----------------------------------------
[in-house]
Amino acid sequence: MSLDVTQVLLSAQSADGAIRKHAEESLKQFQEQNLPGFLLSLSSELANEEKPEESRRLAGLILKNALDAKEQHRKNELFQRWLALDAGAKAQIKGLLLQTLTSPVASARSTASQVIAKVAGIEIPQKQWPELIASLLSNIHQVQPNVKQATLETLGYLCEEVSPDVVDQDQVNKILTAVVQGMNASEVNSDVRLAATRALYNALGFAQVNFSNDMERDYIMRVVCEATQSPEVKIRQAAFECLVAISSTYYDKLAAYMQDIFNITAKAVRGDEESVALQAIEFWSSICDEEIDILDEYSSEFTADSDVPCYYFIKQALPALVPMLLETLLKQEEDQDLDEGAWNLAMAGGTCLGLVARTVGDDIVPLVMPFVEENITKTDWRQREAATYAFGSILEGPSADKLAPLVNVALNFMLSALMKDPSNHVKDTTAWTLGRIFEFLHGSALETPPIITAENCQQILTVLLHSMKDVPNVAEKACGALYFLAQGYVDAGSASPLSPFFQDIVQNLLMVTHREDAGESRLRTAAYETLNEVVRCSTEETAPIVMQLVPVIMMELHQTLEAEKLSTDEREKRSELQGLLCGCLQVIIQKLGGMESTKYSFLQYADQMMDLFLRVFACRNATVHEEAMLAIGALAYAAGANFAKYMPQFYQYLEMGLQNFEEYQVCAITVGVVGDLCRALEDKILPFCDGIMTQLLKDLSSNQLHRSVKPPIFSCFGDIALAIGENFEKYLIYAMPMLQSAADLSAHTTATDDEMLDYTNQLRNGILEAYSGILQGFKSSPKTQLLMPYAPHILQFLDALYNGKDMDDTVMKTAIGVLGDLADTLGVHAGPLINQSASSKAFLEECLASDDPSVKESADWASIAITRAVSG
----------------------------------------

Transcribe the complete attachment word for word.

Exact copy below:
[in-house]
Amino acid sequence: MSLDVTQVLLSAQSADGAIRKHAEESLKQFQEQNLPGFLLSLSSELANEEKPEESRRLAGLILKNALDAKEQHRKNELFQRWLALDAGAKAQIKGLLLQTLTSPVASARSTASQVIAKVAGIEIPQKQWPELIASLLSNIHQVQPNVKQATLETLGYLCEEVSPDVVDQDQVNKILTAVVQGMNASEVNSDVRLAATRALYNALGFAQVNFSNDMERDYIMRVVCEATQSPEVKIRQAAFECLVAISSTYYDKLAAYMQDIFNITAKAVRGDEESVALQAIEFWSSICDEEIDILDEYSSEFTADSDVPCYYFIKQALPALVPMLLETLLKQEEDQDLDEGAWNLAMAGGTCLGLVARTVGDDIVPLVMPFVEENITKTDWRQREAATYAFGSILEGPSADKLAPLVNVALNFMLSALMKDPSNHVKDTTAWTLGRIFEFLHGSALETPPIITAENCQQILTVLLHSMKDVPNVAEKACGALYFLAQGYVDAGSASPLSPFFQDIVQNLLMVTHREDAGESRLRTAAYETLNEVVRCSTEETAPIVMQLVPVIMMELHQTLEAEKLSTDEREKRSELQGLLCGCLQVIIQKLGGMESTKYSFLQYADQMMDLFLRVFACRNATVHEEAMLAIGALAYAAGANFAKYMPQFYQYLEMGLQNFEEYQVCAITVGVVGDLCRALEDKILPFCDGIMTQLLKDLSSNQLHRSVKPPIFSCFGDIALAIGENFEKYLIYAMPMLQSAADLSAHTTATDDEMLDYTNQLRNGILEAYSGILQGFKSSPKTQLLMPYAPHILQFLDALYNGKDMDDTVMKTAIGVLGDLADTLGVHAGPLINQSASSKAFLEECLASDDPSVKESADWASIAITRAVSG